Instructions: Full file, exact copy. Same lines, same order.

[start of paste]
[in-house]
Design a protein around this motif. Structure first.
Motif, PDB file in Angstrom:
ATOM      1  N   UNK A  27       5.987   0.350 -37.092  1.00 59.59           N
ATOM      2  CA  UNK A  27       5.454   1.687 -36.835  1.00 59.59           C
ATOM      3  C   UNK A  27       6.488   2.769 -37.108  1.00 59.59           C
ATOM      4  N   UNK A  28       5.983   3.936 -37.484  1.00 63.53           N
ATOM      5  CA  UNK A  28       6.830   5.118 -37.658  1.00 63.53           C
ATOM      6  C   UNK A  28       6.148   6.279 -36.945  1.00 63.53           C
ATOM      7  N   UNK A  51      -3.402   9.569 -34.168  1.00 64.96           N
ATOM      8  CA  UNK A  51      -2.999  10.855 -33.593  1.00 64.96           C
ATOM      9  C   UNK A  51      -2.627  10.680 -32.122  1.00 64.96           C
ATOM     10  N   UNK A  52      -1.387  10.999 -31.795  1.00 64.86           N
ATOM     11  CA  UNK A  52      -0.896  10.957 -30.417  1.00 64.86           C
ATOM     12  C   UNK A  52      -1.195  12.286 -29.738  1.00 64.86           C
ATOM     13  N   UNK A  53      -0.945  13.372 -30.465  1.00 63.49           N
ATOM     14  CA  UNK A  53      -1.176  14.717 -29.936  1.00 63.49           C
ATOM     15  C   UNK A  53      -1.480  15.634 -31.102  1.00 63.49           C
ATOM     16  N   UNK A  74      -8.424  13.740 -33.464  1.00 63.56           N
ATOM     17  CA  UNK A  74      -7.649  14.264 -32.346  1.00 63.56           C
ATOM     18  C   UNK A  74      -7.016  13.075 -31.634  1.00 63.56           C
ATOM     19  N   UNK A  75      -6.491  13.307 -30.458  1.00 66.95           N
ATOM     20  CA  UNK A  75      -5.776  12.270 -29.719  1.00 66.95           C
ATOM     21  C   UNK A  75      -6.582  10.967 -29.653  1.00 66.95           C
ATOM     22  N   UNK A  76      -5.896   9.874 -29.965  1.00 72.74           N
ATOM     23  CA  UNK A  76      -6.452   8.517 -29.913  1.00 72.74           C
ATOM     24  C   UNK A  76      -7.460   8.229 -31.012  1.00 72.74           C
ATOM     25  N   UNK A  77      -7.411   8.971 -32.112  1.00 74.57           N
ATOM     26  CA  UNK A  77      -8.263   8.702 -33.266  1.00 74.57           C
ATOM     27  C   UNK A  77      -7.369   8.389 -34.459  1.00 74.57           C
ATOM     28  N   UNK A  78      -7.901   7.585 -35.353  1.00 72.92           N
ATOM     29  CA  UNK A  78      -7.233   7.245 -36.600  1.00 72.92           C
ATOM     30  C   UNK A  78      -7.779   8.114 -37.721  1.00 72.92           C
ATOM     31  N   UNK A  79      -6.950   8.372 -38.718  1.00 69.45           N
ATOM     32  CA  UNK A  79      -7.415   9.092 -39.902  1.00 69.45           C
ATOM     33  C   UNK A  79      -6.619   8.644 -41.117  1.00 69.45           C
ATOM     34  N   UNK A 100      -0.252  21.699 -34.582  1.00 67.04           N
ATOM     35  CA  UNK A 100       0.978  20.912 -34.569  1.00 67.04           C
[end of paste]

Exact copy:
[in-house]
Design a protein around this motif. Structure first.
Motif, PDB file in Angstrom:
ATOM      1  N   UNK A  27       5.987   0.350 -37.092  1.00 59.59           N
ATOM      2  CA  UNK A  27       5.454   1.687 -36.835  1.00 59.59           C
ATOM      3  C   UNK A  27       6.488   2.769 -37.108  1.00 59.59           C
ATOM      4  N   UNK A  28       5.983   3.936 -37.484  1.00 63.53           N
ATOM      5  CA  UNK A  28       6.830   5.118 -37.658  1.00 63.53           C
ATOM      6  C   UNK A  28       6.148   6.279 -36.945  1.00 63.53           C
ATOM      7  N   UNK A  51      -3.402   9.569 -34.168  1.00 64.96           N
ATOM      8  CA  UNK A  51      -2.999  10.855 -33.593  1.00 64.96           C
ATOM      9  C   UNK A  51      -2.627  10.680 -32.122  1.00 64.96           C
ATOM     10  N   UNK A  52      -1.387  10.999 -31.795  1.00 64.86           N
ATOM     11  CA  UNK A  52      -0.896  10.957 -30.417  1.00 64.86           C
ATOM     12  C   UNK A  52      -1.195  12.286 -29.738  1.00 64.86           C
ATOM     13  N   UNK A  53      -0.945  13.372 -30.465  1.00 63.49           N
ATOM     14  CA  UNK A  53      -1.176  14.717 -29.936  1.00 63.49           C
ATOM     15  C   UNK A  53      -1.480  15.634 -31.102  1.00 63.49           C
ATOM     16  N   UNK A  74      -8.424  13.740 -33.464  1.00 63.56           N
ATOM     17  CA  UNK A  74      -7.649  14.264 -32.346  1.00 63.56           C
ATOM     18  C   UNK A  74      -7.016  13.075 -31.634  1.00 63.56           C
ATOM     19  N   UNK A  75      -6.491  13.307 -30.458  1.00 66.95           N
ATOM     20  CA  UNK A  75      -5.776  12.270 -29.719  1.00 66.95           C
ATOM     21  C   UNK A  75      -6.582  10.967 -29.653  1.00 66.95           C
ATOM     22  N   UNK A  76      -5.896   9.874 -29.965  1.00 72.74           N
ATOM     23  CA  UNK A  76      -6.452   8.517 -29.913  1.00 72.74           C
ATOM     24  C   UNK A  76      -7.460   8.229 -31.012  1.00 72.74           C
ATOM     25  N   UNK A  77      -7.411   8.971 -32.112  1.00 74.57           N
ATOM     26  CA  UNK A  77      -8.263   8.702 -33.266  1.00 74.57           C
ATOM     27  C   UNK A  77      -7.369   8.389 -34.459  1.00 74.57           C
ATOM     28  N   UNK A  78      -7.901   7.585 -35.353  1.00 72.92           N
ATOM     29  CA  UNK A  78      -7.233   7.245 -36.600  1.00 72.92           C
ATOM     30  C   UNK A  78      -7.779   8.114 -37.721  1.00 72.92           C
ATOM     31  N   UNK A  79      -6.950   8.372 -38.718  1.00 69.45           N
ATOM     32  CA  UNK A  79      -7.415   9.092 -39.902  1.00 69.45           C
ATOM     33  C   UNK A  79      -6.619   8.644 -41.117  1.00 69.45           C
ATOM     34  N   UNK A 100      -0.252  21.699 -34.582  1.00 67.04           N
ATOM     35  CA  UNK A 100       0.978  20.912 -34.569  1.00 67.04           C